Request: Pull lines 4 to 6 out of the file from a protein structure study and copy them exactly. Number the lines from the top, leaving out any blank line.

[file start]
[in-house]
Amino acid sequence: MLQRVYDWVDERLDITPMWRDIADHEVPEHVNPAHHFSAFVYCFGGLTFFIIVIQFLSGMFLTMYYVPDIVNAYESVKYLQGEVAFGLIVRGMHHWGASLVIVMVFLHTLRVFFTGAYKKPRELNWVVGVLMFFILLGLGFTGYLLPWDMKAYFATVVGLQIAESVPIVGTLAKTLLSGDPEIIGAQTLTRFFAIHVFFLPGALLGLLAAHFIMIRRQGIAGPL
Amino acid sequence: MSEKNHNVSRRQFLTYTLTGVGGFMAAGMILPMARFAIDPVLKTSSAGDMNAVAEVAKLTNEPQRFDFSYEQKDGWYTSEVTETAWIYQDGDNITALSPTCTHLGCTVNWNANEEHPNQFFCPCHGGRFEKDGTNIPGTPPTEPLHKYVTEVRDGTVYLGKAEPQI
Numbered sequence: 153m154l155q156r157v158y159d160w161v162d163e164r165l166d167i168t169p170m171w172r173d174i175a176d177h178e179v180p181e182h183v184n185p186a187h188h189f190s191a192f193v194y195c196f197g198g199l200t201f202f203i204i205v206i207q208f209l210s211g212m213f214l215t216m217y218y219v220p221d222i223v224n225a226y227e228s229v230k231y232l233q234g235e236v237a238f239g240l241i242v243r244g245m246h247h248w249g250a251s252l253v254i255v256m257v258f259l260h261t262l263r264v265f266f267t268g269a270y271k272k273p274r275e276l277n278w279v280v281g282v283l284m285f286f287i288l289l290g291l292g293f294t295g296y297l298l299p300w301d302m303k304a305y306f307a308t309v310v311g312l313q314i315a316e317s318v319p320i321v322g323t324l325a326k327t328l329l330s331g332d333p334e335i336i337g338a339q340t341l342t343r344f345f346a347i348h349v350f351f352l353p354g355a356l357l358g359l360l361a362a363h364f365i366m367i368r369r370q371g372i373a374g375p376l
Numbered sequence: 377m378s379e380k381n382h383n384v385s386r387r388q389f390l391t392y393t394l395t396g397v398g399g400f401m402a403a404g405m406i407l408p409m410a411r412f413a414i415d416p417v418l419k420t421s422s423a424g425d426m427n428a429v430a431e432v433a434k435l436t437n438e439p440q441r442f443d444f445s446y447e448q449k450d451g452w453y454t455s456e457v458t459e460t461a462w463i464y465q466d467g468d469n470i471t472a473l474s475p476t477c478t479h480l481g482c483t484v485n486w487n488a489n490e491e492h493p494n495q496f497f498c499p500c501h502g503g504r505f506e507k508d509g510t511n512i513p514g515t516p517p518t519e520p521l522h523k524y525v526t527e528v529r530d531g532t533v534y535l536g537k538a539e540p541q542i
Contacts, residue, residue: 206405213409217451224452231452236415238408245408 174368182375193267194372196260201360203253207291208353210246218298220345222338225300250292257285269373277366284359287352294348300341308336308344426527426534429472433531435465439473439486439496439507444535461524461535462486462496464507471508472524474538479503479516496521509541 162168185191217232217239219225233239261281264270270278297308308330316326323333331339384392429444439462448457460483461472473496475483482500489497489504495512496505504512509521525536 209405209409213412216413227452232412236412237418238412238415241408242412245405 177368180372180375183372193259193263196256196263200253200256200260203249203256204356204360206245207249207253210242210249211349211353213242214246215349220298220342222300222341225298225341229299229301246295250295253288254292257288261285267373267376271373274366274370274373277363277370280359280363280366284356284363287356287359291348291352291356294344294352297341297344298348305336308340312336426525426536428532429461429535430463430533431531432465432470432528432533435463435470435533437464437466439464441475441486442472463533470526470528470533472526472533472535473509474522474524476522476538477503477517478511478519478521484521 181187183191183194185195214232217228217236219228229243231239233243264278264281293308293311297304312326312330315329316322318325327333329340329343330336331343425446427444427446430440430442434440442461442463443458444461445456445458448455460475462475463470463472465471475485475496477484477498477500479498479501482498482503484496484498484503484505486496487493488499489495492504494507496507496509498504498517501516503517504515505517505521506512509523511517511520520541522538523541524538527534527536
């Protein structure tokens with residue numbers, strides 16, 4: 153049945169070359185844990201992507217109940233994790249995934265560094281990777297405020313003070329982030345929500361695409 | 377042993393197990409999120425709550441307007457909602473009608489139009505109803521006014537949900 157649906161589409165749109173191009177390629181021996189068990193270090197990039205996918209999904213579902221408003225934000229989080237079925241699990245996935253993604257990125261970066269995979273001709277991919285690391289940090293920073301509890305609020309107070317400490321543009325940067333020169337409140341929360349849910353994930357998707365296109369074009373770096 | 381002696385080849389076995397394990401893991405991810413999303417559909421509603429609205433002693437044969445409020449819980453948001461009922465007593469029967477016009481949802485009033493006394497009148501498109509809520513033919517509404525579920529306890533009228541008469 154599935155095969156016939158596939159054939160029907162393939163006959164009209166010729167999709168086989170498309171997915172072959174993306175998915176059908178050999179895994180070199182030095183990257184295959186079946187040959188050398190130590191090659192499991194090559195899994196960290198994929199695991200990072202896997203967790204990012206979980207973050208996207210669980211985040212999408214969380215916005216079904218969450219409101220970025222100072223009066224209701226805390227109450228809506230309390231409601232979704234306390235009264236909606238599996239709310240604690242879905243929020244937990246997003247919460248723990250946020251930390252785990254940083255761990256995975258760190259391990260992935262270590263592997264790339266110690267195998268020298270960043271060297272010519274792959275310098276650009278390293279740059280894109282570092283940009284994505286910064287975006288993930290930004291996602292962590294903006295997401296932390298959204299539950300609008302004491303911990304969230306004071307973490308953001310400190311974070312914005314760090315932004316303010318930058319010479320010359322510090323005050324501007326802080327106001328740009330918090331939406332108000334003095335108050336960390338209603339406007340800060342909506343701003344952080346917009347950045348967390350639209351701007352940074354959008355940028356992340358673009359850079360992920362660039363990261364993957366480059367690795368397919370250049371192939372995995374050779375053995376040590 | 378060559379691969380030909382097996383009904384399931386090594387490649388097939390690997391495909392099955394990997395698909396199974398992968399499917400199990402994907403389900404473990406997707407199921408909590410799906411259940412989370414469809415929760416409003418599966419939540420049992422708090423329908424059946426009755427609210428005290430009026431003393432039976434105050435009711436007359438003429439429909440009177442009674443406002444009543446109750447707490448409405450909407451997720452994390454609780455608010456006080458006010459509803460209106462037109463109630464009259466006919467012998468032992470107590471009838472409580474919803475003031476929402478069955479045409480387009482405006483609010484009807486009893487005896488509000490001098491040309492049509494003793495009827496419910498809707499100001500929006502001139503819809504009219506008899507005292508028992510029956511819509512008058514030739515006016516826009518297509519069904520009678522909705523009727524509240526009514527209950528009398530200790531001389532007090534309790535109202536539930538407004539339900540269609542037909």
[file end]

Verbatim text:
Numbered sequence: 153m154l155q156r157v158y159d160w161v162d163e164r165l166d167i168t169p170m171w172r173d174i175a176d177h178e179v180p181e182h183v184n185p186a187h188h189f190s191a192f193v194y195c196f197g198g199l200t201f202f203i204i205v206i207q208f209l210s211g212m213f214l215t216m217y218y219v220p221d222i223v224n225a226y227e228s229v230k231y232l233q234g235e236v237a238f239g240l241i242v243r244g245m246h247h248w249g250a251s252l253v254i255v256m257v258f259l260h261t262l263r264v265f266f267t268g269a270y271k272k273p274r275e276l277n278w279v280v281g282v283l284m285f286f287i288l289l290g291l292g293f294t295g296y297l298l299p300w301d302m303k304a305y306f307a308t309v310v311g312l313q314i315a316e317s318v319p320i321v322g323t324l325a326k327t328l329l330s331g332d333p334e335i336i337g338a339q340t341l342t343r344f345f346a347i348h349v350f351f352l353p354g355a356l357l358g359l360l361a362a363h364f365i366m367i368r369r370q371g372i373a374g375p376l
Numbered sequence: 377m378s379e380k381n382h383n384v385s386r387r388q389f390l391t392y393t394l395t396g397v398g399g400f401m402a403a404g405m406i407l408p409m410a411r412f413a414i415d416p417v418l419k420t421s422s423a424g425d426m427n428a429v430a431e432v433a434k435l436t437n438e439p440q441r442f443d444f445s446y447e448q449k450d451g452w453y454t455s456e457v458t459e460t461a462w463i464y465q466d467g468d469n470i471t472a473l474s475p476t477c478t479h480l481g482c483t484v485n486w487n488a489n490e491e492h493p494n495q496f497f498c499p500c501h502g503g504r505f506e507k508d509g510t511n512i513p514g515t516p517p518t519e520p521l522h523k524y525v526t527e528v529r530d531g532t533v534y535l536g537k538a539e540p541q542i
Contacts, residue, residue: 206405213409217451224452231452236415238408245408 174368182375193267194372196260201360203253207291208353210246218298220345222338225300250292257285269373277366284359287352294348300341308336308344426527426534429472433531435465439473439486439496439507444535461524461535462486462496464507471508472524474538479503479516496521509541 162168185191217232217239219225233239261281264270270278297308308330316326323333331339384392429444439462448457460483461472473496475483482500489497489504495512496505504512509521525536 209405209409213412216413227452232412236412237418238412238415241408242412245405 177368180372180375183372193259193263196256196263200253200256200260203249203256204356204360206245207249207253210242210249211349211353213242214246215349220298220342222300222341225298225341229299229301246295250295253288254292257288261285267373267376271373274366274370274373277363277370280359280363280366284356284363287356287359291348291352291356294344294352297341297344298348305336308340312336426525426536428532429461429535430463430533431531432465432470432528432533435463435470435533437464437466439464441475441486442472463533470526470528470533472526472533472535473509474522474524476522476538477503477517478511478519478521484521 181187183191183194185195214232217228217236219228229243231239233243264278264281293308293311297304312326312330315329316322318325327333329340329343330336331343425446427444427446430440430442434440442461442463443458444461445456445458448455460475462475463470463472465471475485475496477484477498477500479498479501482498482503484496484498484503484505486496487493488499489495492504494507496507496509498504498517501516503517504515505517505521506512509523511517511520520541522538523541524538527534527536